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There is a proposal in the Vermont House that would significantly change the structure of education in the state. The House education committee is considering a proposal to do away with the state's 60 supervisory unions and restructure its 282 school districts into 30-60 school districts.
Supporters of the proposal suggest that the change will improve educational outcomes, enhance curriculum development and teaching, and perhaps reduce costs.
This restructuring would be very different than the voluntary consolidation and restructuring that Act 153 called for. The dregs of that bill have two supervisory unions in the area fighting a state board of education proposal to mandate that the local supervisory union become the supervisory union for Granville and Hancock students – without requiring that those students attend local schools.
So perhaps it's a great idea whose time has come, but unless it is implemented with accompanying reform to how education is funded in the state, it's going to fall flat.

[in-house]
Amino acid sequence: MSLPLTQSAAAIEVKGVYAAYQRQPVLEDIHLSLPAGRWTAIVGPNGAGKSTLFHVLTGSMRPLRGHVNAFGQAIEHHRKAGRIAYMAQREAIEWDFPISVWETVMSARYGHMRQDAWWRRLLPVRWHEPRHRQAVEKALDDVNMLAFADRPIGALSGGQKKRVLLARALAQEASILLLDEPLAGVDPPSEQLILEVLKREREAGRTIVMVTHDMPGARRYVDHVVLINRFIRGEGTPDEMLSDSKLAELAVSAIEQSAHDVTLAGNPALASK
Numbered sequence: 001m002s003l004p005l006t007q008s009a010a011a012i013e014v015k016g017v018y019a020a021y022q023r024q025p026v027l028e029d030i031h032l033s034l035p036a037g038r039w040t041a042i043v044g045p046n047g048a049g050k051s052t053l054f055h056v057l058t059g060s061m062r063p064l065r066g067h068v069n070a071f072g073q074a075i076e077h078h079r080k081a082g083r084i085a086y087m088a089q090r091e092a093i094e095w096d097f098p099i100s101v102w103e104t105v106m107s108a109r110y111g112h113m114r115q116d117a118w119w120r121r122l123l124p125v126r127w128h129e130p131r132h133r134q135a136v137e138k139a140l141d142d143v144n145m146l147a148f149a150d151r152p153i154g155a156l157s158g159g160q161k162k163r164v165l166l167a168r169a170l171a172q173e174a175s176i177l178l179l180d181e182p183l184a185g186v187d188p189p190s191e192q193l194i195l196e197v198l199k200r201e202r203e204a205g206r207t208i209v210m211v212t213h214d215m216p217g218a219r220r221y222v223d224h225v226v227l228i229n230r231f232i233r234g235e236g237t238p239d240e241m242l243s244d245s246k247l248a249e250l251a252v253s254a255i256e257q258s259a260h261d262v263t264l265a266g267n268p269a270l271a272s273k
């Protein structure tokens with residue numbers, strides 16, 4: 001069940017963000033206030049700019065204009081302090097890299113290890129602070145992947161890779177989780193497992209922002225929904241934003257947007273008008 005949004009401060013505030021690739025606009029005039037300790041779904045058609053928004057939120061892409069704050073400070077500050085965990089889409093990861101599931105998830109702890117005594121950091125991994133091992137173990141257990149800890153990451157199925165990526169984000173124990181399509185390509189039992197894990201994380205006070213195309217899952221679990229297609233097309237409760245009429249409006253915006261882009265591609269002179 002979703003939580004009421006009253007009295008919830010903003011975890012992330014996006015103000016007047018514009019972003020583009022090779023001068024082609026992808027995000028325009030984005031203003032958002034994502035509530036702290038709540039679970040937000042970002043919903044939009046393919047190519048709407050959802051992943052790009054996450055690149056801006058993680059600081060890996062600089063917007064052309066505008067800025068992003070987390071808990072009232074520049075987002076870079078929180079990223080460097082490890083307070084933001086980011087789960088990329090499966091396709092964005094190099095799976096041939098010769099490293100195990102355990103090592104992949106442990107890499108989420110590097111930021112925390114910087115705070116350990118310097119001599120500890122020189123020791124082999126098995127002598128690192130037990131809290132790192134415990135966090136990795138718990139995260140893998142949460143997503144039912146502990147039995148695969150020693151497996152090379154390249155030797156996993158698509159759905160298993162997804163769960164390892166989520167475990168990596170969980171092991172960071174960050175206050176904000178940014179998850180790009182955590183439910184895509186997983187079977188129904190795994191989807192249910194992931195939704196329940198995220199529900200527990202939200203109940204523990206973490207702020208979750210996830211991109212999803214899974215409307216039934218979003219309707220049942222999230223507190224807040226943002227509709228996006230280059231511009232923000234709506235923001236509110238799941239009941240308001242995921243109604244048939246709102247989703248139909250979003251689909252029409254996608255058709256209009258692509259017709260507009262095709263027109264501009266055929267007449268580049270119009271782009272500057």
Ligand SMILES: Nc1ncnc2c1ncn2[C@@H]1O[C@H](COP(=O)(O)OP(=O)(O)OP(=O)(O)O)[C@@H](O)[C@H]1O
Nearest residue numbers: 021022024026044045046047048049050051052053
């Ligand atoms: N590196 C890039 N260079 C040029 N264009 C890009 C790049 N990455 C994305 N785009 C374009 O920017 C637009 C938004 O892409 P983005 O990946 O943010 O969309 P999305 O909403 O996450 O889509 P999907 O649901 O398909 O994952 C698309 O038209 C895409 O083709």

Anti-Act 60/68 folks in the state have insisted, for many years, that the funding mechanism that those laws create will collapse of its own weight like a house of cards. That funding mechanism is based on the premise that property values will always rise, and the recent recession proved not only that that was a false assumption but that this funding formula does not work.
Sure, let's hear this new proposal. Fewer larger supervisory unions and school districts make sense if there are clear financial impacts. Since state education funds are distributed based on student enrollment, larger districts would help mitigate the impacts when enrollment shifts slightly or students with special needs enroll.
Vermont has a projected 89,000 students this year in 282 school districts within 64 supervisory unions. In the state, 231 districts have less than 500 students; 92 districts have fewer than 100 students. Given that major metropolitan areas have school districts with many, many times more students, perhaps there will be an economy of scale in this proposed consolidation.
So let's hear it, but fix the funding at the same time, please.